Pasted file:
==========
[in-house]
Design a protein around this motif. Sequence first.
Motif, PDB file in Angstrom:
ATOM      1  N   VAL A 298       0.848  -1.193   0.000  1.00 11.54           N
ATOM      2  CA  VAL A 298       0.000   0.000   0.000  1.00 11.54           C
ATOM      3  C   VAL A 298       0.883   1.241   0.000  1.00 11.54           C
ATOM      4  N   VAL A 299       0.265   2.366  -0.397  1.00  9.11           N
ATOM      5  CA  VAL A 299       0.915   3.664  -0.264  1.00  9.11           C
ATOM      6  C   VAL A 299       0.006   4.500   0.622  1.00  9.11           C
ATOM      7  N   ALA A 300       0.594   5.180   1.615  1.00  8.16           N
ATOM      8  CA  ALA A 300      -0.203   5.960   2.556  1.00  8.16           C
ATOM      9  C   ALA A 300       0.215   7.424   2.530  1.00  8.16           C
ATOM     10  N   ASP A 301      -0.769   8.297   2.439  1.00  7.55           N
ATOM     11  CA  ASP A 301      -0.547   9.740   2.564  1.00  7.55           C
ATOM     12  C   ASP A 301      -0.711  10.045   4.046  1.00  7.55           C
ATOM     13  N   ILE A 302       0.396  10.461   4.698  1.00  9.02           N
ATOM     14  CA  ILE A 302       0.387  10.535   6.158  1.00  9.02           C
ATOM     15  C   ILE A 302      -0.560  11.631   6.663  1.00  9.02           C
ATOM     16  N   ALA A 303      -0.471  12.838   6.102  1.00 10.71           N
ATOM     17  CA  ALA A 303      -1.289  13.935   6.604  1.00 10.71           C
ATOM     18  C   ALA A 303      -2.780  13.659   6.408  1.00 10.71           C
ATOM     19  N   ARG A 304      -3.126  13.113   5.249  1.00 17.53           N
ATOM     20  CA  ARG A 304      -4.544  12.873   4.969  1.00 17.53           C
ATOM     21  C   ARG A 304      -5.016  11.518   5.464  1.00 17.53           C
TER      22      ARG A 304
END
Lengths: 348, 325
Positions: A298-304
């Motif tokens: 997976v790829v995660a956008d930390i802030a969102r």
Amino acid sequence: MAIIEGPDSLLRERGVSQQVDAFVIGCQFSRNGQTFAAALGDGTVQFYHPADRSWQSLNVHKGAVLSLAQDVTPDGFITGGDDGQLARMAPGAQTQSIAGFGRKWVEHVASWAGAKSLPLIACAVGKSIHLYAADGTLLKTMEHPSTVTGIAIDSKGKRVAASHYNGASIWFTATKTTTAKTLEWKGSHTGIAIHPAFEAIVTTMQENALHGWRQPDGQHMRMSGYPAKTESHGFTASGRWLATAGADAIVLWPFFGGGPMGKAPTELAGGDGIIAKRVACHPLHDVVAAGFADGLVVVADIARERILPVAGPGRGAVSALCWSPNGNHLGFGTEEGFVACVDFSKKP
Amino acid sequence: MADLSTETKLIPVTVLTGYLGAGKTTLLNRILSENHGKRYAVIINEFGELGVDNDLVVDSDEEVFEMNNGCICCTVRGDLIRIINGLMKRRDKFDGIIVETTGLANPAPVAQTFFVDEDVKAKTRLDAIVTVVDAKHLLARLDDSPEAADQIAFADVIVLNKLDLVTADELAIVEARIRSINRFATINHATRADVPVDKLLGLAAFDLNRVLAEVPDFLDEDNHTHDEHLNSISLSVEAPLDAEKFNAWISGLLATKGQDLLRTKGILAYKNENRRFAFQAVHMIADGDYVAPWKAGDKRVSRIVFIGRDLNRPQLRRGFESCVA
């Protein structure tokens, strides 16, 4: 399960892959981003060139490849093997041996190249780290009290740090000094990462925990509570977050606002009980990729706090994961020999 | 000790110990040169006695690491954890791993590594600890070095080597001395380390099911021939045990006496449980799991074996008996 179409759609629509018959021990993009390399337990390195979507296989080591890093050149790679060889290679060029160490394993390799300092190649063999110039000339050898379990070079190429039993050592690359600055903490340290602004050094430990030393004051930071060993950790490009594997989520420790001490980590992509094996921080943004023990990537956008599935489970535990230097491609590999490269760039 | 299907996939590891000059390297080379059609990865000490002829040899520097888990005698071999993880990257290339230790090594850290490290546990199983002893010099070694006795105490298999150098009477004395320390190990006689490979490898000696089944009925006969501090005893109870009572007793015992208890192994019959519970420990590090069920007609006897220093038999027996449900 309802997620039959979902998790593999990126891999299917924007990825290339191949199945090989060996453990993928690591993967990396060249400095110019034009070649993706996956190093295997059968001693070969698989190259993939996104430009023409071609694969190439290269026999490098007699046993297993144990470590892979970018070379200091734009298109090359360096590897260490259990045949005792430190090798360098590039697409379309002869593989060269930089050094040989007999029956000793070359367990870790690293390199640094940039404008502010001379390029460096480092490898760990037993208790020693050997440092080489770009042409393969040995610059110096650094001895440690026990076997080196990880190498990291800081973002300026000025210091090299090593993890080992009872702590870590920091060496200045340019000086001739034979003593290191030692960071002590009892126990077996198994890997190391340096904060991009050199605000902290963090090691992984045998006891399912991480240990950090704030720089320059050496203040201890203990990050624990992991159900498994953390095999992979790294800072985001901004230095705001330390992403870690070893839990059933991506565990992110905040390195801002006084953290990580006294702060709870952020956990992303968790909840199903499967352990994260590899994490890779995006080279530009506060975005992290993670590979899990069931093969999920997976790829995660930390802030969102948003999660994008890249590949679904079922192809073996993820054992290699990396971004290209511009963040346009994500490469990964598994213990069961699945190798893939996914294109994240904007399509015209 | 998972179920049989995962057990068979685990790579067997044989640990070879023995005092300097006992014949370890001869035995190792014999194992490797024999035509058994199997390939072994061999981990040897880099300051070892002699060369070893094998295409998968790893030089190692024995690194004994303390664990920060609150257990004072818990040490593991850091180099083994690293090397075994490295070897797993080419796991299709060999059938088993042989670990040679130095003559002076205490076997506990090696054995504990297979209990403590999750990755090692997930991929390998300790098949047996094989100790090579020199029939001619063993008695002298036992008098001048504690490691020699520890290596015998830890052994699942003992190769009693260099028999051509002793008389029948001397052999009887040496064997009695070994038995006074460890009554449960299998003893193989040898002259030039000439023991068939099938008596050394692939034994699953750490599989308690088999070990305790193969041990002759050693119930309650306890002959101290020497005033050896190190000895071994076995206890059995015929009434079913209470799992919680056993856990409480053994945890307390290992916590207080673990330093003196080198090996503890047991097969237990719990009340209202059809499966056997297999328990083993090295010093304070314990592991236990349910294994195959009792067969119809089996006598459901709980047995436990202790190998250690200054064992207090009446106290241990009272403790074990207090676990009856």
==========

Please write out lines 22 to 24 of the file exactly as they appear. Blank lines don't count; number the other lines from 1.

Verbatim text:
ATOM     19  N   ARG A 304      -3.126  13.113   5.249  1.00 17.53           N
ATOM     20  CA  ARG A 304      -4.544  12.873   4.969  1.00 17.53           C
ATOM     21  C   ARG A 304      -5.016  11.518   5.464  1.00 17.53           C